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Paris, Monday, August 21, 2000

Britain: Alas, a Place Apart, Where Hooligans Fit Right In

By Philip Bowring International Herald Tribune
LONDON - From the point of view of a returning visitor, there has been a marked increase of viciousness in British, or at least English, public life. Football hooliganism, for which the nation has become renowned, may be the work of a tiny minority, but the seeds of it are found everywhere, not least in the media.

Thuggish attitudes and behavior that in Germany or Austria would be condemned as signsof incipient fascism are here regarded as mere boorishness.

The city of Portsmouth was recently the scene of some of the worst mob violence and intimidation seen in recent years in Western Europe. Houses of people alleged, in many cases wrongly, to be inhabited by convicted pedophiles were attacked and residents were forced to flee for their lives.

Support for mob action may have reflected a concern for personal insecurity that exists in many urban areas, especially public housing estates, where random violence and dysfunctional families are common.

Protection of children against repeat sexual offenders is a proper issue for public concern. Sentiment had been aroused by the recent much publicized murder of a child. But this mob action followed directly on a campaign launched by a new editor of the News of the World, a Sunday newspaper, to ''name and shame'' convicted pedophiles.

Moral outrage was particularly surprising coming from the News of the World, whose sex-and-murder story formula places it toward the bottom even of Rupert Murdoch's barrel of newspapers.

Within days, the government was deferring to the News ofthe World rather than to professional or broader political advice, and tough new anti-pedophile measures were being promised by none other than the deputy prime minister. The mob and a sleazy publication had won over police, Parliament and more considered public opinion.

Meanwhile, the ability of the police to keep order with minimal fuss or force has been undermined by its own frequent scandals, by lenient courts and by an apparent reluctant tolerance of ''laddish'' (usually loutish) behavior at all levels of society such as is not found across the Channel.

The Blair government cannot be blamed for the Portsmouth affair, but its response was typical of an administration that more than any in living memory lacks principle or ideology and is thus driven by perceptions of what it thinks is popular.

So keen is the Blair government to be seen to be ''tough on crime,'' yet so little confidence does it have in tried systems and in the public's own judgments, that it is limiting trial by jury, one of the ancient bulwarks of British liberties.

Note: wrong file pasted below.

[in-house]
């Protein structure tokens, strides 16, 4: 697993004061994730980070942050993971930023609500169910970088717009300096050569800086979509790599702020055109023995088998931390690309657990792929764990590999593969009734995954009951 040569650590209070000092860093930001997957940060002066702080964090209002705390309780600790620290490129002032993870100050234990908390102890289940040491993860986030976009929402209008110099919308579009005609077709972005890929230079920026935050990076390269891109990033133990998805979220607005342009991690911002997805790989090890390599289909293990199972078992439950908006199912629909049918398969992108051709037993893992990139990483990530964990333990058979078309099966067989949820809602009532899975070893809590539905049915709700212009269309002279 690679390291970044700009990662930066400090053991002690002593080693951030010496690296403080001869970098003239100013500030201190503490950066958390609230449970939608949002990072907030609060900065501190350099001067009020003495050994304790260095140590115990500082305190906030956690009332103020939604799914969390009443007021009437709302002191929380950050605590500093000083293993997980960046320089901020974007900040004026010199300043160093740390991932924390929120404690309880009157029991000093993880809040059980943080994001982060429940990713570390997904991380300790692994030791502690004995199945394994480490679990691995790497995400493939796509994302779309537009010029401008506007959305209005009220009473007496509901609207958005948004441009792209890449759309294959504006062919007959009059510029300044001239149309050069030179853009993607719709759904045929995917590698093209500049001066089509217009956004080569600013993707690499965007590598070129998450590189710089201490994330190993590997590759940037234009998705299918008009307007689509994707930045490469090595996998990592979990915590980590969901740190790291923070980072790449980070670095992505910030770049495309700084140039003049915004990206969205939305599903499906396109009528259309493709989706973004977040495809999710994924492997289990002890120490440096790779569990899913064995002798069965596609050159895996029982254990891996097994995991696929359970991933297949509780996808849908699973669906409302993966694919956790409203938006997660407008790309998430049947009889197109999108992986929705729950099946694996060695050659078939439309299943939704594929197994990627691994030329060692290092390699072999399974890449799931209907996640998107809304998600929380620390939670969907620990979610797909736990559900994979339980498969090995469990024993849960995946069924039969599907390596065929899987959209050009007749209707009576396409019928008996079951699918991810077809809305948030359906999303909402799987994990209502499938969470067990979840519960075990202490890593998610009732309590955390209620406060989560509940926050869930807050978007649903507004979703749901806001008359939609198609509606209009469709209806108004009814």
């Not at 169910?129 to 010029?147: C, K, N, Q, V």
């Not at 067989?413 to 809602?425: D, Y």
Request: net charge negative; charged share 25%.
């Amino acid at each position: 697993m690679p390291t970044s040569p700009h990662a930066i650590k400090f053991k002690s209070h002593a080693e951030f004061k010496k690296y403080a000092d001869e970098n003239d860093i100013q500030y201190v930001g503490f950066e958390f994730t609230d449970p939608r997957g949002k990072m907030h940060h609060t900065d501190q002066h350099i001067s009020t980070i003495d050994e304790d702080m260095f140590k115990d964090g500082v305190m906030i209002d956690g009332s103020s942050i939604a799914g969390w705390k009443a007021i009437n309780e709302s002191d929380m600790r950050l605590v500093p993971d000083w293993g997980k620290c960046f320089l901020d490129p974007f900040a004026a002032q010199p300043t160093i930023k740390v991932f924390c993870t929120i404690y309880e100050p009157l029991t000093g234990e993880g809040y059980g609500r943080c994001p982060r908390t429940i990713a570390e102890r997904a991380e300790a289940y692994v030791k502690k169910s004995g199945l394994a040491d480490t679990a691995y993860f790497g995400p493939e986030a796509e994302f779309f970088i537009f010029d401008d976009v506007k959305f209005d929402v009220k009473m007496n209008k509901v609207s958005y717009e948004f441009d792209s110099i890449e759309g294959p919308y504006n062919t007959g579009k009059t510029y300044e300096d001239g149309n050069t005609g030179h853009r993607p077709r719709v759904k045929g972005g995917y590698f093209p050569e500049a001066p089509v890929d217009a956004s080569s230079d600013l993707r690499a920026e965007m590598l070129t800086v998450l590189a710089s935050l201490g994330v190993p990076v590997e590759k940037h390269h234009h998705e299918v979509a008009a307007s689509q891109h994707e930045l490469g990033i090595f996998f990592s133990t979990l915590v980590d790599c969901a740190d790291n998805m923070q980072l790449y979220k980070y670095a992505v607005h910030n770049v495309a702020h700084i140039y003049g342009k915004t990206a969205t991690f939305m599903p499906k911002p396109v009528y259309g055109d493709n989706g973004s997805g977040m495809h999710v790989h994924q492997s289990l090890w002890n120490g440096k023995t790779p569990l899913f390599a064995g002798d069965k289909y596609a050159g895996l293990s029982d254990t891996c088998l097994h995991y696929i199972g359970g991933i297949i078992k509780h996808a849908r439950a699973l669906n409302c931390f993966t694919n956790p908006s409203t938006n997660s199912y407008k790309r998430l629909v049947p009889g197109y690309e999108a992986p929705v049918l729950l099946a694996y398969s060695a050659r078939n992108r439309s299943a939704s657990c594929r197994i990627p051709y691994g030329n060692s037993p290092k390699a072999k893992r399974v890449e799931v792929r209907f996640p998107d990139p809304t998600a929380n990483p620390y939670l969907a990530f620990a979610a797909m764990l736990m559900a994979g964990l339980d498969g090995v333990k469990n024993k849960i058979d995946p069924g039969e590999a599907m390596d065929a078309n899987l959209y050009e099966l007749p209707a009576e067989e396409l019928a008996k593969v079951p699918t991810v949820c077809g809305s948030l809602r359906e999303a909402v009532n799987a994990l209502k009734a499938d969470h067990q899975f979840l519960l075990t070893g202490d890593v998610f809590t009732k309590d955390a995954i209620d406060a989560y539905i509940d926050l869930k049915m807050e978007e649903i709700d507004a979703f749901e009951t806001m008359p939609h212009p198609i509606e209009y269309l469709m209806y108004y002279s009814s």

Tony Blair's presidential pretensions, lack of principle and petulant obsession with his image will eventually be his undoing at the hands of the electorate or even of his own party. But what can be done about the standards of the media - or of education, which on several measures is now close to the bottom of the European scale?

Three things especially strike the periodic visitor, especially a journalist, about the media.

First, the vulgar nationalism, not exclusively in the tabloids. It has always been there; it has just become much worse.

Second, crude in-your-face language, with columnists in broadsheet and well as tabloid newspapers often using personal insults instead of arguments.

Third, the so-called serious newspapers have followed the tabloids into a news agenda of murders, scandals and whipped up scoops. The tabloids have given up trying to cover serious issues, and the once renowned foreign coverage of the broadsheets is spotty and dominated by human drama stories.

As for the BBC, its domestic news programs are trite and parochial to the point of embarrassment to Britons who watch or listen in the company of foreigners. Complaints against this dumbing down abound but are ignored. The pseudo-radicals of the Blair era find it ''elitist'' to want news of elections in Spain or Japan rather than tearjerkers or stories about local murders and the doings of movie starsor minor royals.

Make these allegations, and an expatriate Briton is often quickly dismissed. People feel insulted to be asked to compare the streets of, say, Dover with those of Ostend, Manchester with Munich, Glasgow with Genoa. Will they measure their education system against that of Taiwan, their media against those of Germany, their records of teenage pregnancy, illiteracy, public drunkenness and violent crime against those of France or Sweden or Australia?

Righteous objections to arrogant and undemocratic bureaucracy in Brussels and reasoned criticisms of the euro quickly descend into juvenile jingoism.

Meanwhile, Britain often seems to have borrowed much of the worst of American popular culture - from TV shows to standardized restaurants, plus litigiousness and a tendency to violence - but very little of what is best in America, its openness, optimism and technological prowess.

This is an incomplete and jaundiced view of a country that yet has many merits and where civilized society has deep roots. Many good statistics could be quoted in its favor, including those on racial integration. However, the Portsmouth anti-pedophile riots have highlighted the erosion of the quality of institutions, including the media, Parliament and the police, which made for a civilized society.

Too easily, breakdown of public confidence in institutions leads to the creation of populist bogeymen and demands for simplistic, mob-approved remedies. Elsewhere they call that fascism.